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HSBC sells chunk of US retail banking operations in push for Asia

·2-min read
 (Getty Images)
(Getty Images)

Investors today welcomed banking giant HSBC’s move to sell 80 of its bank branches on the east coast of the US as chief executive Noel Quinn looks to focus the sprawling group on its more profitable Asian operations.

HSBC has sold the branches specialising in retail and small businesslending to Citizens Financial in adeal that see $2.2 billion of loans and $9.2 billon of deposits transfer over.

It has also struck a deal with another US bank, Cathay, to sell its West Coast business, which includes $1 billion of deposits and $800 million of loans.

As part of that deal, the UK-based bank will retain a network of branches which it will turn into centres for its wealth management clients.

Quinn has always considered there to be merit in retaining some US presence to support its international wealth management clientele.

Like many banks, HSBC is shifting towards offering more services to the world’s wealthiest individuals. It is also doubling down the focus of the group on Asia, and has said the US is less of a focus, as is UK investment banking.

Analysts at Jefferies welcomed the US sales, telling clients: “These transactions, whilst very small in the context of HSBC, should contribute to streamlining the group and help reduce costs in the group HQ.”

However, he highlighted that some investors might be disappointed that the deals still did not represent a total withdrawal from US retail banking.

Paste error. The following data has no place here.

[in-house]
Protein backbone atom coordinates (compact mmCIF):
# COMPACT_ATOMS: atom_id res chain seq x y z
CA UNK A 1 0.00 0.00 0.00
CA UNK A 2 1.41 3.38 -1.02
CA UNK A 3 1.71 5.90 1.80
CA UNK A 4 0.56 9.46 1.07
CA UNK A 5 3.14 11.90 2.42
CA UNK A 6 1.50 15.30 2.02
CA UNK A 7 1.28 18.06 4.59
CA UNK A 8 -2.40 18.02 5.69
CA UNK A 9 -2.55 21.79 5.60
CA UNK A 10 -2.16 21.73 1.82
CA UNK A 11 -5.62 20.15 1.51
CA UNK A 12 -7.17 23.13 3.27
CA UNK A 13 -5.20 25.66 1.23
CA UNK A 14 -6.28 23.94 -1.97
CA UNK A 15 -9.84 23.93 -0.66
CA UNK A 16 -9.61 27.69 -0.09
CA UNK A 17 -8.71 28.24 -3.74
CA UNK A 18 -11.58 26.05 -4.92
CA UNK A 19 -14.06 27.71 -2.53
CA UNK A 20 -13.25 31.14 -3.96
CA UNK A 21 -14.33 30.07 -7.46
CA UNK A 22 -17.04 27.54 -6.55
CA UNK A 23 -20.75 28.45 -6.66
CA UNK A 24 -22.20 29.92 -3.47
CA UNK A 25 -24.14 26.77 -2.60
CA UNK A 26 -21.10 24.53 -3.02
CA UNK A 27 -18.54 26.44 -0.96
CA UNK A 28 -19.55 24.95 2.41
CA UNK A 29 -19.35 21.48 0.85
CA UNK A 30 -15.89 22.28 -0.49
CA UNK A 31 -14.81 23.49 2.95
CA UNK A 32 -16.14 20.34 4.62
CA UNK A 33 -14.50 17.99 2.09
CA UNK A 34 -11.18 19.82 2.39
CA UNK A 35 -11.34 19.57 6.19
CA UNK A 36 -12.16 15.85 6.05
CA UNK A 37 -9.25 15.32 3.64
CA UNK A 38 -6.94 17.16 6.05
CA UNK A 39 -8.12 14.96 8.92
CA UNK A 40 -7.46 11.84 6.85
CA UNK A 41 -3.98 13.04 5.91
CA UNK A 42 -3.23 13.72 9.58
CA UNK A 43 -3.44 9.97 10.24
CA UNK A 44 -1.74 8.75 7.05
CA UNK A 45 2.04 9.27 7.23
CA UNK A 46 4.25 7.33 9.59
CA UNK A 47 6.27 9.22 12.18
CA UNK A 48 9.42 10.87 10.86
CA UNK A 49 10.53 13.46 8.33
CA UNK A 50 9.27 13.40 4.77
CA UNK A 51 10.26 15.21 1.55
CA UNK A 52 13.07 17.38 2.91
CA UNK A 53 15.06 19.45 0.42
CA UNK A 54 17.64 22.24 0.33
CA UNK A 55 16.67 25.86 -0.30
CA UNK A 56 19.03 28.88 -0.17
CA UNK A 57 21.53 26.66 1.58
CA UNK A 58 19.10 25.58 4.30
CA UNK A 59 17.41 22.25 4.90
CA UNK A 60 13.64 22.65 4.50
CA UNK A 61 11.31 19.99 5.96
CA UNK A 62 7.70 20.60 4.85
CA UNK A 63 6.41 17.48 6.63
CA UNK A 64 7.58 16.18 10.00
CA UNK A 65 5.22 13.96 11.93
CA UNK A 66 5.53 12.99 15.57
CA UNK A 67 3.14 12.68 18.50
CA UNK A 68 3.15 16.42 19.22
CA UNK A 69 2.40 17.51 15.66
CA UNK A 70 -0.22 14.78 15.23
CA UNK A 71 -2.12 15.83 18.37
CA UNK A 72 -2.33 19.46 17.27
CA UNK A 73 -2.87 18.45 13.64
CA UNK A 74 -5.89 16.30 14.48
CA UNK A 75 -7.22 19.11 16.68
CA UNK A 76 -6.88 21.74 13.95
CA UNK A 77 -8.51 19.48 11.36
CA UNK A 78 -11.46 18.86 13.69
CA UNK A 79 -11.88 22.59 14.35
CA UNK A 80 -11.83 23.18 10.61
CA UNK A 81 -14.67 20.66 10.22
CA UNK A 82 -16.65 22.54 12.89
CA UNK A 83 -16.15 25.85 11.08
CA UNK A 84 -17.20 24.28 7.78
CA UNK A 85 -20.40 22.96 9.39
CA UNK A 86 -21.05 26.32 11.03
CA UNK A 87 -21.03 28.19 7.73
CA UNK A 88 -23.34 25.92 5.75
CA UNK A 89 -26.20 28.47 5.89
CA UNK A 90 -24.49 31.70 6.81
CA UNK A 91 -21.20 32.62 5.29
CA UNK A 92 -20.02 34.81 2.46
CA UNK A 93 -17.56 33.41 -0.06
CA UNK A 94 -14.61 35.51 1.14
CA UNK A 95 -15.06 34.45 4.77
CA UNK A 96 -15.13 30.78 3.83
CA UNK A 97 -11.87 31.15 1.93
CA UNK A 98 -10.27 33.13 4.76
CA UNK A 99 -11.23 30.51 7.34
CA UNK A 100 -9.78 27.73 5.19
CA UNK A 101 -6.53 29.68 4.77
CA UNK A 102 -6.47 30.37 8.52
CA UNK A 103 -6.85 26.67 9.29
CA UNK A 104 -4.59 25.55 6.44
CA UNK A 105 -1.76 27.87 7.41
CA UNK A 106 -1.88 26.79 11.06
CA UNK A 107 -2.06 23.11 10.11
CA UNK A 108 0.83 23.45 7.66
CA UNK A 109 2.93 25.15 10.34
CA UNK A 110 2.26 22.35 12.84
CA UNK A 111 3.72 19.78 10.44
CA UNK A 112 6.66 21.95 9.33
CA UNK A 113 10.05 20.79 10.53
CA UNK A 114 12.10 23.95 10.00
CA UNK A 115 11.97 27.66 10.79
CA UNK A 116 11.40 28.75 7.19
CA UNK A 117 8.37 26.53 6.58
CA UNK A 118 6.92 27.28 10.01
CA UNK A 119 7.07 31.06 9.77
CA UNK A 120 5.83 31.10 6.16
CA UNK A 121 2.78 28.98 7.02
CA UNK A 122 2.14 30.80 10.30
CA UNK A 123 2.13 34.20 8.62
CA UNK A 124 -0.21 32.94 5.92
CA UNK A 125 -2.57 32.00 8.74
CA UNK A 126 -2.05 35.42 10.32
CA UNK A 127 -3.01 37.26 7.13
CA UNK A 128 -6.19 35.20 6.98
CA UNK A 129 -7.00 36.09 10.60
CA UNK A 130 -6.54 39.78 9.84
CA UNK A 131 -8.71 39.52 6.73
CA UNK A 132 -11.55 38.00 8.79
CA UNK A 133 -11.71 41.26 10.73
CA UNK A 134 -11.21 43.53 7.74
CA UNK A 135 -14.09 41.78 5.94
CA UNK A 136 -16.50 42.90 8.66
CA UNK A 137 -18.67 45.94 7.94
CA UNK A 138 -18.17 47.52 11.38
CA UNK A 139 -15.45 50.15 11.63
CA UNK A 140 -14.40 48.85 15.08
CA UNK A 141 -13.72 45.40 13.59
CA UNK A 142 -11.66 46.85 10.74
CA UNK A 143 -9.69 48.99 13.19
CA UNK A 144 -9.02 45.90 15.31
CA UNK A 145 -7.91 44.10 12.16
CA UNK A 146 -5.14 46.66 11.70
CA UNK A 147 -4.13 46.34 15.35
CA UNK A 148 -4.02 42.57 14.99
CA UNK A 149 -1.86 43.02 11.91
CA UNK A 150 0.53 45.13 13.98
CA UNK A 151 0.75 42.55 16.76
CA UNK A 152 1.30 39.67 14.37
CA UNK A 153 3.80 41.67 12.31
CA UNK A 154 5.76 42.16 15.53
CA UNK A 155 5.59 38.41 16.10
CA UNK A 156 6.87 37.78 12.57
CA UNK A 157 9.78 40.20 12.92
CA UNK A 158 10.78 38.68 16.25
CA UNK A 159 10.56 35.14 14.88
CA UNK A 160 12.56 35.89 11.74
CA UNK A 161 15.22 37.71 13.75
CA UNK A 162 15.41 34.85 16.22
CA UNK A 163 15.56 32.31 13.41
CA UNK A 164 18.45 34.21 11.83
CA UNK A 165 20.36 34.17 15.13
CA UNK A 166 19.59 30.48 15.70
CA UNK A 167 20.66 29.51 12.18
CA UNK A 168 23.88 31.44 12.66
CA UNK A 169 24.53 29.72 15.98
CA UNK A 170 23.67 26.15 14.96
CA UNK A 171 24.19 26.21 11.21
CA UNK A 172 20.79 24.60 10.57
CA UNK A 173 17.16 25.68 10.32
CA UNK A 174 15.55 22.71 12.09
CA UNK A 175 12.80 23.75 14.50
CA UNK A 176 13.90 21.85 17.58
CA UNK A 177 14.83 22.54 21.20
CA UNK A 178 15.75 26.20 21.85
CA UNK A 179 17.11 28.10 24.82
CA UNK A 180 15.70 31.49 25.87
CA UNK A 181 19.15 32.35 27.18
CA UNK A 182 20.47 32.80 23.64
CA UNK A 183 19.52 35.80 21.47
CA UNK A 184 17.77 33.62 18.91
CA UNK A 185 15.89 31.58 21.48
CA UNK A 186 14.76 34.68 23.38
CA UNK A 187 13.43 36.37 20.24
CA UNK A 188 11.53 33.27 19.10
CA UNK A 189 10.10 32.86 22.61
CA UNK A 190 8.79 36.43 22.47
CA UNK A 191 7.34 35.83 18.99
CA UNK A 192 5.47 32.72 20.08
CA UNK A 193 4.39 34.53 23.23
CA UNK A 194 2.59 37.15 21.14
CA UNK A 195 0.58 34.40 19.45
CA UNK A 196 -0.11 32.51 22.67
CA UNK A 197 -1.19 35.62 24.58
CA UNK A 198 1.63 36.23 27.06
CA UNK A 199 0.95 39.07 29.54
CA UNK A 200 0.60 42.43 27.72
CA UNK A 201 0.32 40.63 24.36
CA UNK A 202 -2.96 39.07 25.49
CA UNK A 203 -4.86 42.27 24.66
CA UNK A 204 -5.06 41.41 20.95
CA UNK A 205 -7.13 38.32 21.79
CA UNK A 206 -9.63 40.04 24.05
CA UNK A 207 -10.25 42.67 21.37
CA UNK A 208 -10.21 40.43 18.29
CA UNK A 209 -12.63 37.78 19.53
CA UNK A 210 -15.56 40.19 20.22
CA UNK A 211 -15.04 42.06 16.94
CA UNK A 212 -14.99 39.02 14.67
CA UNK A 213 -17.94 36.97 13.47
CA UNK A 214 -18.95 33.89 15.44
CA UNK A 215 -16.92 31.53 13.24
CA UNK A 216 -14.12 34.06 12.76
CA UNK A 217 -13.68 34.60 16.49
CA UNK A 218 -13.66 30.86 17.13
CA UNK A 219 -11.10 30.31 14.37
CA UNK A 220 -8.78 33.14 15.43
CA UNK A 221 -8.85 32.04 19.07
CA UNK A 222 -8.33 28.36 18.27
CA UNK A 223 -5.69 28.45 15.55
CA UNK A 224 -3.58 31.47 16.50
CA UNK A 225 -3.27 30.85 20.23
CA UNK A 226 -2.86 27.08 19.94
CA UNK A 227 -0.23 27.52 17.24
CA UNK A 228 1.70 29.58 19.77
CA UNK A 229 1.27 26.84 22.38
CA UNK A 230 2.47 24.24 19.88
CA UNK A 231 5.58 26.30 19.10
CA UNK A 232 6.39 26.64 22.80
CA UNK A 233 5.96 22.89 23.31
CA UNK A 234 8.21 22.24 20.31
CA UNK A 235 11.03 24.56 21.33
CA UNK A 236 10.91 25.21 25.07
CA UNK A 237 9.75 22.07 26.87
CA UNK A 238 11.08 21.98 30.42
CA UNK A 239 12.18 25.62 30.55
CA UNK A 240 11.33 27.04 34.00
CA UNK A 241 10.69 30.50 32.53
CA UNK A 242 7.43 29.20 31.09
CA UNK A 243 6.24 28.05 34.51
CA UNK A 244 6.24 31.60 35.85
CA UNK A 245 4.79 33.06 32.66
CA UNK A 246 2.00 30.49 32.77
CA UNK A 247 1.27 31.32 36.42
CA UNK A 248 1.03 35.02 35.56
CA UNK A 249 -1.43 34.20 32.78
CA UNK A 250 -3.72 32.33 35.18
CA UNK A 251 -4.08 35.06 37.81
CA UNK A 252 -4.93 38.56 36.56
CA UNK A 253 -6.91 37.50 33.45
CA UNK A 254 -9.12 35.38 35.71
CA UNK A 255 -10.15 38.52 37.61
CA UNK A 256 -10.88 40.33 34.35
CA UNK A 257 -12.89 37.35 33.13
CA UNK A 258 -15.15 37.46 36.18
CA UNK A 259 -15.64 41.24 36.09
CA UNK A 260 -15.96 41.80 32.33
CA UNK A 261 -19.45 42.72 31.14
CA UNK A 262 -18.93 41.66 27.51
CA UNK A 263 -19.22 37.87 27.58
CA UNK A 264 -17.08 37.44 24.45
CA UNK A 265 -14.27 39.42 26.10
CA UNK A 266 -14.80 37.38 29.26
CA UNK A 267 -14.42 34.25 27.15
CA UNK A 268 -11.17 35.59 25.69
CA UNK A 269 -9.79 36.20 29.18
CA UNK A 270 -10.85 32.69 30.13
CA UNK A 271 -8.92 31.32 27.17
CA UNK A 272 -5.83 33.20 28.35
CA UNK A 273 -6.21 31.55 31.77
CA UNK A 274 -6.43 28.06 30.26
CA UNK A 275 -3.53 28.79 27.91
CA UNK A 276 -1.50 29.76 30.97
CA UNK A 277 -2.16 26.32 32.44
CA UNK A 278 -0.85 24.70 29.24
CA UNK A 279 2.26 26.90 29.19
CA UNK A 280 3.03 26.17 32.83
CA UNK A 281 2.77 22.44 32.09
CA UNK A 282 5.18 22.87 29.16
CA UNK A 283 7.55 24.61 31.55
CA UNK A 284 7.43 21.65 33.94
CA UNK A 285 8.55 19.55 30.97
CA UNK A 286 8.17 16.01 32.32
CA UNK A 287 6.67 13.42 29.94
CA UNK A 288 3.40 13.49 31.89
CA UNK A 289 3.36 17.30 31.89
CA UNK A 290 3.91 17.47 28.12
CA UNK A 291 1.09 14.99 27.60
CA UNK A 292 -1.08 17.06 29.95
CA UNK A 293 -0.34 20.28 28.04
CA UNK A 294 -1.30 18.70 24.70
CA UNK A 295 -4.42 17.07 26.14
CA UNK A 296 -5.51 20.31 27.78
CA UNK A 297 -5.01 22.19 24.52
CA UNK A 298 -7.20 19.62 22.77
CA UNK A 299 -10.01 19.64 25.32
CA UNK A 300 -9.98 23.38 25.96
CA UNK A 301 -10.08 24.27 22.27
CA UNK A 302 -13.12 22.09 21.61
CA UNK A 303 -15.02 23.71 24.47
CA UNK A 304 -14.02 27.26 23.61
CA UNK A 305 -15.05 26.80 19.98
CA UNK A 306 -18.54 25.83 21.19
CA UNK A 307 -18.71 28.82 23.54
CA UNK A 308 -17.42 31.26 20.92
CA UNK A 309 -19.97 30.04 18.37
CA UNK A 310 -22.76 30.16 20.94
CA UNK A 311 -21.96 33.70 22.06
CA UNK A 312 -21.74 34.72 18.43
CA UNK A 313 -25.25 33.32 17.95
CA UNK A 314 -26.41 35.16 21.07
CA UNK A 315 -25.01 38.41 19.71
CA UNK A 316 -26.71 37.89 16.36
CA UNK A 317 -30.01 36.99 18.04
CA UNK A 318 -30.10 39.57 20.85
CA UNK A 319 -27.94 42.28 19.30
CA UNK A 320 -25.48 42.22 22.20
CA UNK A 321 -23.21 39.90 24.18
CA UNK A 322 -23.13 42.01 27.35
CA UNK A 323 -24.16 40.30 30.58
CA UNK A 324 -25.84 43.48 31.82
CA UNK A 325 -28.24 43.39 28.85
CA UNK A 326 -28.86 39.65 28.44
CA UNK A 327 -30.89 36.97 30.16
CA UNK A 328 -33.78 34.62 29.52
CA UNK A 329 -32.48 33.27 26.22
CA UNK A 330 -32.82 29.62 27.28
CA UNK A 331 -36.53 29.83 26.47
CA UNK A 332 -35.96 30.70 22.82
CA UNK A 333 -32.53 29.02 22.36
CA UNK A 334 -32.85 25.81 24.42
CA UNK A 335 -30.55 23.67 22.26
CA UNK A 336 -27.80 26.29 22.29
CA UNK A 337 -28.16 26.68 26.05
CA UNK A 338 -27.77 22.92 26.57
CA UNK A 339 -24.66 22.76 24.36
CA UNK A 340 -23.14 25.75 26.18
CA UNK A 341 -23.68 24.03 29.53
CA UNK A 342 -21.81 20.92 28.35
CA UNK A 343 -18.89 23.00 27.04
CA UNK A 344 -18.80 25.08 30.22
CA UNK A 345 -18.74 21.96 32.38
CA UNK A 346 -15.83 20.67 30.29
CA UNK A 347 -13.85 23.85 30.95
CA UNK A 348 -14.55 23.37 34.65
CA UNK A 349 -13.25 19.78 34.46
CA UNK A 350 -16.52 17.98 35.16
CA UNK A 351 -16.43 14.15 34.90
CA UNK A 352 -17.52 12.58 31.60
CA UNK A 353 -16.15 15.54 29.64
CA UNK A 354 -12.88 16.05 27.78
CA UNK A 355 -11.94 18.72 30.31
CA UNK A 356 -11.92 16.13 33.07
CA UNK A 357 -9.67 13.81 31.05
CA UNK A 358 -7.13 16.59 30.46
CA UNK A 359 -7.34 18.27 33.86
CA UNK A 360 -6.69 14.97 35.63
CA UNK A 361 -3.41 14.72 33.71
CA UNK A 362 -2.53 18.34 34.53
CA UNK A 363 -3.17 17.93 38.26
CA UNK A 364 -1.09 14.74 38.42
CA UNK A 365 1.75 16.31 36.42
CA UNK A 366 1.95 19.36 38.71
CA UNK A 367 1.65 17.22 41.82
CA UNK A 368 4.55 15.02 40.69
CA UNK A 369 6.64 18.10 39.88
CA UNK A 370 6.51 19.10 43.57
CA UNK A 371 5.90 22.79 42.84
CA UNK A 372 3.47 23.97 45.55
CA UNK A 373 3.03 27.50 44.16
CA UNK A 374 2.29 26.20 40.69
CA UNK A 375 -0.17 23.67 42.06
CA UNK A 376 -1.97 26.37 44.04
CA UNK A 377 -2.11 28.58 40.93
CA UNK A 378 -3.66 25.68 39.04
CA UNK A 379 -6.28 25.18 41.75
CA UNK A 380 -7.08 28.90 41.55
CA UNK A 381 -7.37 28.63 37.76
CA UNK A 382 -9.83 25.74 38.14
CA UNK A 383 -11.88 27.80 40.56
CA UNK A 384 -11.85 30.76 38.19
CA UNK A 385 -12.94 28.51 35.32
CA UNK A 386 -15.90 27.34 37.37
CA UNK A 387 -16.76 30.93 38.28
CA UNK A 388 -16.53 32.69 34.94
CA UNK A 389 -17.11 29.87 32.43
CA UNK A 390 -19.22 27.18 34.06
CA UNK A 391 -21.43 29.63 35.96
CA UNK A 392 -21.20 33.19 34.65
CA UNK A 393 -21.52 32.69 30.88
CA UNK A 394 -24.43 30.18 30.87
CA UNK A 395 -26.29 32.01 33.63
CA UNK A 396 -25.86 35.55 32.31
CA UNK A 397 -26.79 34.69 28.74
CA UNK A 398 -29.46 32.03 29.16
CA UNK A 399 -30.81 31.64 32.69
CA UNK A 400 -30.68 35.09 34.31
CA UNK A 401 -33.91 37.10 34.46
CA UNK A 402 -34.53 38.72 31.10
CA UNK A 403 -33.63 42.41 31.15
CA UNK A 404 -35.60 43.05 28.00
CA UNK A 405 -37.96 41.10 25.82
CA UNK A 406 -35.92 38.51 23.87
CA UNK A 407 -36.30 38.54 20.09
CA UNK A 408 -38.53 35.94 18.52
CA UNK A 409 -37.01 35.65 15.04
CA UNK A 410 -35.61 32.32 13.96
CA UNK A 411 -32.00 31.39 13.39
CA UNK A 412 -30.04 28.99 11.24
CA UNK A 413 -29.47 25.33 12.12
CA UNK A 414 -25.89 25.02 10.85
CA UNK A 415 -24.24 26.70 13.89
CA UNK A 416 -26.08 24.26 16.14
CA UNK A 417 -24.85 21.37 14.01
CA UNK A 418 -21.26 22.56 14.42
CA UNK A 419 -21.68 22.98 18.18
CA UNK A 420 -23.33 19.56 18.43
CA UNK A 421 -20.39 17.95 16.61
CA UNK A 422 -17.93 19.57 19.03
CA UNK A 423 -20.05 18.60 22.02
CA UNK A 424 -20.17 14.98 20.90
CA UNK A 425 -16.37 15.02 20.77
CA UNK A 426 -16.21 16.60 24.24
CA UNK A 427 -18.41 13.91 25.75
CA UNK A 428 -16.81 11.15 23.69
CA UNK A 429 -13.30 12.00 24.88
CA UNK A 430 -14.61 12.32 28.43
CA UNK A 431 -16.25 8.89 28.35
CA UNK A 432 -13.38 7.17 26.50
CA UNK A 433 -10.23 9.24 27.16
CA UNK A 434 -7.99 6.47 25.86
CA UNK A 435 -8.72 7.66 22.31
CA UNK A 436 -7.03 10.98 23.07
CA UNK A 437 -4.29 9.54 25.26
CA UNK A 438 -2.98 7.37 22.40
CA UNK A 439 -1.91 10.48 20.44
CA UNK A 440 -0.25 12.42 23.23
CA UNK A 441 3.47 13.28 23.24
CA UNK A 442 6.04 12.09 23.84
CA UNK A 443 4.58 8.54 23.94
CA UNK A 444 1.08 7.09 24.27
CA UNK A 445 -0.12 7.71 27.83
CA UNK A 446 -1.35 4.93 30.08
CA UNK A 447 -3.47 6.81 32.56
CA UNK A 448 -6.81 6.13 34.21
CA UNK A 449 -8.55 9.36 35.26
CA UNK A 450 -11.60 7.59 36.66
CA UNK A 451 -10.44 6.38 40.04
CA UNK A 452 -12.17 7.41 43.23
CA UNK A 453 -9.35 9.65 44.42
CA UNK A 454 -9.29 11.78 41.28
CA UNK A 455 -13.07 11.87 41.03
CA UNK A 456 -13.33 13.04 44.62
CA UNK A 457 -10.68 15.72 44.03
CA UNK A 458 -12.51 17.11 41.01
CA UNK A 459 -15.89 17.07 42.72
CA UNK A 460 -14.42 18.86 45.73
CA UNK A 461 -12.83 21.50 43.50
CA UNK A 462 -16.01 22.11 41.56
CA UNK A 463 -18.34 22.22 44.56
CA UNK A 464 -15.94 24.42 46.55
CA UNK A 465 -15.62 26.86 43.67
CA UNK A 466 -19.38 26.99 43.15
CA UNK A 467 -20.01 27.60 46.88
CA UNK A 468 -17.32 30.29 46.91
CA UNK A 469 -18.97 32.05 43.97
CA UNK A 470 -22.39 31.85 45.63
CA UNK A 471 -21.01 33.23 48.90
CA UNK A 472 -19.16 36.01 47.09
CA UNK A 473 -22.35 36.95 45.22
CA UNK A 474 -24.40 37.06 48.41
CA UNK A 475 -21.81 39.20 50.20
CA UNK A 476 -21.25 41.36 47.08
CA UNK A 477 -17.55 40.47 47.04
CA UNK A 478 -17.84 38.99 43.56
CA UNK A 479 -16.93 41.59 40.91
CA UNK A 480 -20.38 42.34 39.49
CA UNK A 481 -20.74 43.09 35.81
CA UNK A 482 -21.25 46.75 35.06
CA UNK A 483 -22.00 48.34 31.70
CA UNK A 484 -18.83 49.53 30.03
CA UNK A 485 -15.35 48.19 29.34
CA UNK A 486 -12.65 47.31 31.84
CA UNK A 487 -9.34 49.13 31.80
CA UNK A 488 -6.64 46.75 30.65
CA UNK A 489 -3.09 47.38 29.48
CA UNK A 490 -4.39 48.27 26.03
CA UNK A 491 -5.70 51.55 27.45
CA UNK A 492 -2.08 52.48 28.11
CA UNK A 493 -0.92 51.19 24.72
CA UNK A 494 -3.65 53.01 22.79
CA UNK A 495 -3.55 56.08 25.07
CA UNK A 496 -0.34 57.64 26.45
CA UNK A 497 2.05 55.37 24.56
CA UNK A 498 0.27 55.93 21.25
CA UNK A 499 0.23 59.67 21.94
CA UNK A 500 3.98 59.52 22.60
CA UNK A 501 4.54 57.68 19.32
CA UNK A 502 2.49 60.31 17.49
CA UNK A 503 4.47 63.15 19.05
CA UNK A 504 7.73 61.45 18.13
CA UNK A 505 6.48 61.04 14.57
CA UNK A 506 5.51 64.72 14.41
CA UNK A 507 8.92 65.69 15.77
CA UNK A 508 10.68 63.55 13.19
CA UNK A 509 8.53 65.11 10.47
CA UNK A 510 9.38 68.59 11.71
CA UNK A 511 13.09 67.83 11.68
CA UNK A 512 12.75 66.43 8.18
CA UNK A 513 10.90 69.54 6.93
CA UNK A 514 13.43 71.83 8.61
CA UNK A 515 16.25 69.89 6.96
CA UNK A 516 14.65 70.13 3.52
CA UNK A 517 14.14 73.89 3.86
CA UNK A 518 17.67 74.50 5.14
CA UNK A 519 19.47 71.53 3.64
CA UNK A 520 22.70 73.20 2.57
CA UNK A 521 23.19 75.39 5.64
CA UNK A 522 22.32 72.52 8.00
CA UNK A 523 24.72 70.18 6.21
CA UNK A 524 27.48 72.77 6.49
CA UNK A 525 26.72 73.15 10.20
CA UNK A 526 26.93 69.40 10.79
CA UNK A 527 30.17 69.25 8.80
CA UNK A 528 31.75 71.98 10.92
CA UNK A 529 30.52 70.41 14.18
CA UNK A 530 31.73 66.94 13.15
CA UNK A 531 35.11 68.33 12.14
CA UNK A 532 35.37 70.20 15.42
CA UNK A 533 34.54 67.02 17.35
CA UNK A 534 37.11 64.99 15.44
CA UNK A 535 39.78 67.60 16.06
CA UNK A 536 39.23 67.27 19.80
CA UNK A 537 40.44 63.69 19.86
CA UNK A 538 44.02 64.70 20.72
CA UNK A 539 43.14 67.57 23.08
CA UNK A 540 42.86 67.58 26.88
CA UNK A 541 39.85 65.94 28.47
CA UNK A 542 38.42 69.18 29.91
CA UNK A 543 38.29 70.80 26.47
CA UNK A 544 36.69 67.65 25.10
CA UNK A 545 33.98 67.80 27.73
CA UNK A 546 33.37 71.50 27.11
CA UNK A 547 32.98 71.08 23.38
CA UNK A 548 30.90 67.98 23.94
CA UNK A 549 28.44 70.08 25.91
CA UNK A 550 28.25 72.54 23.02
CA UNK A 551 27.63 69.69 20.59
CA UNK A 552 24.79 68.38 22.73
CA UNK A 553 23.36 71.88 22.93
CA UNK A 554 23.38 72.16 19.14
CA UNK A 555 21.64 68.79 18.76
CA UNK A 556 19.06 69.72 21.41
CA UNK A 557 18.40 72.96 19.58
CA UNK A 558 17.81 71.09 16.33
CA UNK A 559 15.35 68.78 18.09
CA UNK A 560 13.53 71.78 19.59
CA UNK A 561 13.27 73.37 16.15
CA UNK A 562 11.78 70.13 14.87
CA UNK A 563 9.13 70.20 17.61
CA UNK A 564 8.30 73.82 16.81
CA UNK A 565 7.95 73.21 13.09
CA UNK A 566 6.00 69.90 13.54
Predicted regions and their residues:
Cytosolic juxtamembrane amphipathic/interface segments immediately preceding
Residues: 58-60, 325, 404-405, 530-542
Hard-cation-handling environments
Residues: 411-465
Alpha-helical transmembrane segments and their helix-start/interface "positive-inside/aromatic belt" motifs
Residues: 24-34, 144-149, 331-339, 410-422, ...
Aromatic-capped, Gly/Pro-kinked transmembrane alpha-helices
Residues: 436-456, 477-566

Quinn has been accelerating HSBC’s push into Asia, where returns are far higher than in the rest of the world.

While this has triggered concerns about having to toe the increasingly aggressive Chinese line towards its spiritual home of Hong Kong, the bank is widely seen as having to either go “all in” and kowtow to Beijing or sacrifice exciting profit potential in the region.

Quinn recently moved four of its top executives from London to Hong Kong including Nuno Matos, CEO of wealth and personal banking and Greg Guyett, co-head of global banking and markets in what were seen as significant signals of intent.

In February, Quinn pledged to “move the heart of the business to Asia, including leadership”, while at the same time deepening the cutbacks to is underperforming businesses in Europe and the US.

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